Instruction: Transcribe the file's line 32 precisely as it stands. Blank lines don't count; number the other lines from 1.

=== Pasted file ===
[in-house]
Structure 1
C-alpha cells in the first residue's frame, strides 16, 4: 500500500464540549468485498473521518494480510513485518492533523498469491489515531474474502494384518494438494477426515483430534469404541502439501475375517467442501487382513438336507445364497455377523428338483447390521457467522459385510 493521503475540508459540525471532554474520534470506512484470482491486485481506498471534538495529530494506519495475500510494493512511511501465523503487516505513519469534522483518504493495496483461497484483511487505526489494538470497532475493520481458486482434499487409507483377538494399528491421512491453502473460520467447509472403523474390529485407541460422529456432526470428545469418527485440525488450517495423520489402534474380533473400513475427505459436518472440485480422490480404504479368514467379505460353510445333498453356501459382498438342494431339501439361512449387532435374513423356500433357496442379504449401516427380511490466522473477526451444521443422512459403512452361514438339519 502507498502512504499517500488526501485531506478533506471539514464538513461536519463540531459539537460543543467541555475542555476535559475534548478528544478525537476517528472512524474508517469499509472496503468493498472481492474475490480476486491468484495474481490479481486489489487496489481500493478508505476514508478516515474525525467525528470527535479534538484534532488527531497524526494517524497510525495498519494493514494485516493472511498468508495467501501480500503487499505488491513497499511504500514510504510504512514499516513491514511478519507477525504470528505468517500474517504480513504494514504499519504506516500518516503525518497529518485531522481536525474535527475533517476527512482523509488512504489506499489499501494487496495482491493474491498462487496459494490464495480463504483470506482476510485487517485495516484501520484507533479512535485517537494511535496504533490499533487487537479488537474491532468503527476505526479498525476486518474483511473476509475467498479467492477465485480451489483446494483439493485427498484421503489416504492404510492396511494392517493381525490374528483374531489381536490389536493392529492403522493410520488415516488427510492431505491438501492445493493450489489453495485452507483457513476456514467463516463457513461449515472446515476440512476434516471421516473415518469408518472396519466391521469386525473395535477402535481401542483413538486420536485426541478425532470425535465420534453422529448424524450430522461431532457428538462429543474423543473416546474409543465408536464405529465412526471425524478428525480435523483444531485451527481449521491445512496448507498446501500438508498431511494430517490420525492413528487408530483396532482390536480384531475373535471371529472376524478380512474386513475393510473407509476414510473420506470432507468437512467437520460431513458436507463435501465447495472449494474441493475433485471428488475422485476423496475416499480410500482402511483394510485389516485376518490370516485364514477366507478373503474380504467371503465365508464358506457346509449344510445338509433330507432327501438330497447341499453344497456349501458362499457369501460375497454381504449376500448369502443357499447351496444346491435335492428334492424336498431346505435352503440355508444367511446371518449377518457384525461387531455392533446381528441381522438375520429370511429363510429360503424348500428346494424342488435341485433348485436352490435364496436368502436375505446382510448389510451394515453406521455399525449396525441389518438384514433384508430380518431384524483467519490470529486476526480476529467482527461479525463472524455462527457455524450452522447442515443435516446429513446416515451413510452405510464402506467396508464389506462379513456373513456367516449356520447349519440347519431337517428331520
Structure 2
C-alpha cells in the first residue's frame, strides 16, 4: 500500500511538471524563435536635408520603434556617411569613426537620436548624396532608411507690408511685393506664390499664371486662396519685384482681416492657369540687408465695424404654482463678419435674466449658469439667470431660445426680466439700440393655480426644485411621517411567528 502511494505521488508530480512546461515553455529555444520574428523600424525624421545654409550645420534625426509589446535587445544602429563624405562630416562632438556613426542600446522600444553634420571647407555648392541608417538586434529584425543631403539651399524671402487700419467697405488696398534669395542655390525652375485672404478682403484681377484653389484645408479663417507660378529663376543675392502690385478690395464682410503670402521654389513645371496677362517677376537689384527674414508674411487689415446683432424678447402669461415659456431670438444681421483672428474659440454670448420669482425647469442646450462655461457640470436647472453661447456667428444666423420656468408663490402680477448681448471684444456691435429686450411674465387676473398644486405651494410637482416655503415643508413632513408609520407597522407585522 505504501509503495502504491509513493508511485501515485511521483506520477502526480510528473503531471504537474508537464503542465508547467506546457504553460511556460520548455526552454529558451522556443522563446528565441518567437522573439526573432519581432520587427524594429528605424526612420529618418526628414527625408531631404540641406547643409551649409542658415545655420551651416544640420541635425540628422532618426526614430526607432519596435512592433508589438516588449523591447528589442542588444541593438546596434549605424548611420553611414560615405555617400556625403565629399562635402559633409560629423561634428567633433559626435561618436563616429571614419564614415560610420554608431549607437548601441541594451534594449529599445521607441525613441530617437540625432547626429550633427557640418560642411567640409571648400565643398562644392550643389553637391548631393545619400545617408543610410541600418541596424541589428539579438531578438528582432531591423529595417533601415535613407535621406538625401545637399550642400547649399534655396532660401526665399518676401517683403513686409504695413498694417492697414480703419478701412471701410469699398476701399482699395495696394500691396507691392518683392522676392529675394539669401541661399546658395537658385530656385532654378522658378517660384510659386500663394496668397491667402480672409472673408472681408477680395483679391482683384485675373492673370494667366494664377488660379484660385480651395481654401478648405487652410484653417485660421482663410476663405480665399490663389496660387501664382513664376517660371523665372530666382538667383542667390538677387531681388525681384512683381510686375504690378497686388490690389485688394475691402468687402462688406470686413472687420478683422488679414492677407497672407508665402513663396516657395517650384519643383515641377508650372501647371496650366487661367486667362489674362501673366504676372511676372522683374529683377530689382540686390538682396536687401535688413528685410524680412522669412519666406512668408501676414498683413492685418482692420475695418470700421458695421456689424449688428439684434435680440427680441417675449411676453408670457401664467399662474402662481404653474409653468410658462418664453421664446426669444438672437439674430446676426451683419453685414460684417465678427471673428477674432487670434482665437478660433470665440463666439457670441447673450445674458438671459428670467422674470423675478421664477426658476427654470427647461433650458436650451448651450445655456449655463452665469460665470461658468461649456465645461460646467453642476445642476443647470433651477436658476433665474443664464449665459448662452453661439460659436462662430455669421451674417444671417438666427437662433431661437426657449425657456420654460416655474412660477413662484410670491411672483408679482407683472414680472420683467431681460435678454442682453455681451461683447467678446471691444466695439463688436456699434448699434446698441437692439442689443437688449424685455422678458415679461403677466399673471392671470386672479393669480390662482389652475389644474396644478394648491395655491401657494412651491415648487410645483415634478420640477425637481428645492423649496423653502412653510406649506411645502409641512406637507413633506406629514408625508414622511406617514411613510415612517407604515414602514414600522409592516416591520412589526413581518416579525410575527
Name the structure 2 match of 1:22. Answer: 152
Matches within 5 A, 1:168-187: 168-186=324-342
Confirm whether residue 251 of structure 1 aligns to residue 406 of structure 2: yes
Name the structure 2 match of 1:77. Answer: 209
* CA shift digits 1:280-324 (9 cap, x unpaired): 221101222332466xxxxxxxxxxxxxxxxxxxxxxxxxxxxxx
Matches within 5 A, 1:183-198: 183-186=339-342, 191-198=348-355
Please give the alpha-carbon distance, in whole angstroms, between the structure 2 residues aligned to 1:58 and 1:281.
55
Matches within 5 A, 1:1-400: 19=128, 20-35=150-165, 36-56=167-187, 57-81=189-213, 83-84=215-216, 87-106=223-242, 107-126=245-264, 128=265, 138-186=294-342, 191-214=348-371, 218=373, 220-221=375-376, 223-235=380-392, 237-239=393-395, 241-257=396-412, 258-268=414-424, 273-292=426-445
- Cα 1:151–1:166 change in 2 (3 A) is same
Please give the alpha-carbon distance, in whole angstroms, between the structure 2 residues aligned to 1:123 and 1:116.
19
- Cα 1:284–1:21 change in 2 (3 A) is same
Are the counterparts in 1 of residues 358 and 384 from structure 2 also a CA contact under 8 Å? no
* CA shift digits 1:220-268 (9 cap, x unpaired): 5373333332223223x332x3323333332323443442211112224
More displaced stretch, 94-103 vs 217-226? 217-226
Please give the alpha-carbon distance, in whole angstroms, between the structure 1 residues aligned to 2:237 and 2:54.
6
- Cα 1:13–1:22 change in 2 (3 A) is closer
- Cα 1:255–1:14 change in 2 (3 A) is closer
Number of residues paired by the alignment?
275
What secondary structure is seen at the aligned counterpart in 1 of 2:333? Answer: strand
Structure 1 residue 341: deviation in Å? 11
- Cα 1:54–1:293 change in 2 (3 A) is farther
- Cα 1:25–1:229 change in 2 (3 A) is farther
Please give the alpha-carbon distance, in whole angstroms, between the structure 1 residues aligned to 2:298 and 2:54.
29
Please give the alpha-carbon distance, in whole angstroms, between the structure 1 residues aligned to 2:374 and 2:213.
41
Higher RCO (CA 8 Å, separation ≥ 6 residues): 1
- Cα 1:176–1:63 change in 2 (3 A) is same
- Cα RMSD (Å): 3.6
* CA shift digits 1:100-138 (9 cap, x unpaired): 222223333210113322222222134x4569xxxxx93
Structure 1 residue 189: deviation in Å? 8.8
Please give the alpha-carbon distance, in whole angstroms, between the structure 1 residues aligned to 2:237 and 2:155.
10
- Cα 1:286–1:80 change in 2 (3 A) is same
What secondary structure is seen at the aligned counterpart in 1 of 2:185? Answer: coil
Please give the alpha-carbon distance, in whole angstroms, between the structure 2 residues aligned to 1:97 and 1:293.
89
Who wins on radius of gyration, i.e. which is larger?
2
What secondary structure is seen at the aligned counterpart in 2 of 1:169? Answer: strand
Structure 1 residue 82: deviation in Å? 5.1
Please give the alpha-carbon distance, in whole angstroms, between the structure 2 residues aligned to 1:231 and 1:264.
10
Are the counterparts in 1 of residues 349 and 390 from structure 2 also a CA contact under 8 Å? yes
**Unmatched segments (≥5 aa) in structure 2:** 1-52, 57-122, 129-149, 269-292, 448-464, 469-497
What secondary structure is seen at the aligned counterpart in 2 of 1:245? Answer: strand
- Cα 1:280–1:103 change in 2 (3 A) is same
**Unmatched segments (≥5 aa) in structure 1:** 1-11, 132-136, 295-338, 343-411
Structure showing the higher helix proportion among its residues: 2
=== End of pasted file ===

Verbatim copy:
Please give the alpha-carbon distance, in whole angstroms, between the structure 1 residues aligned to 2:298 and 2:54.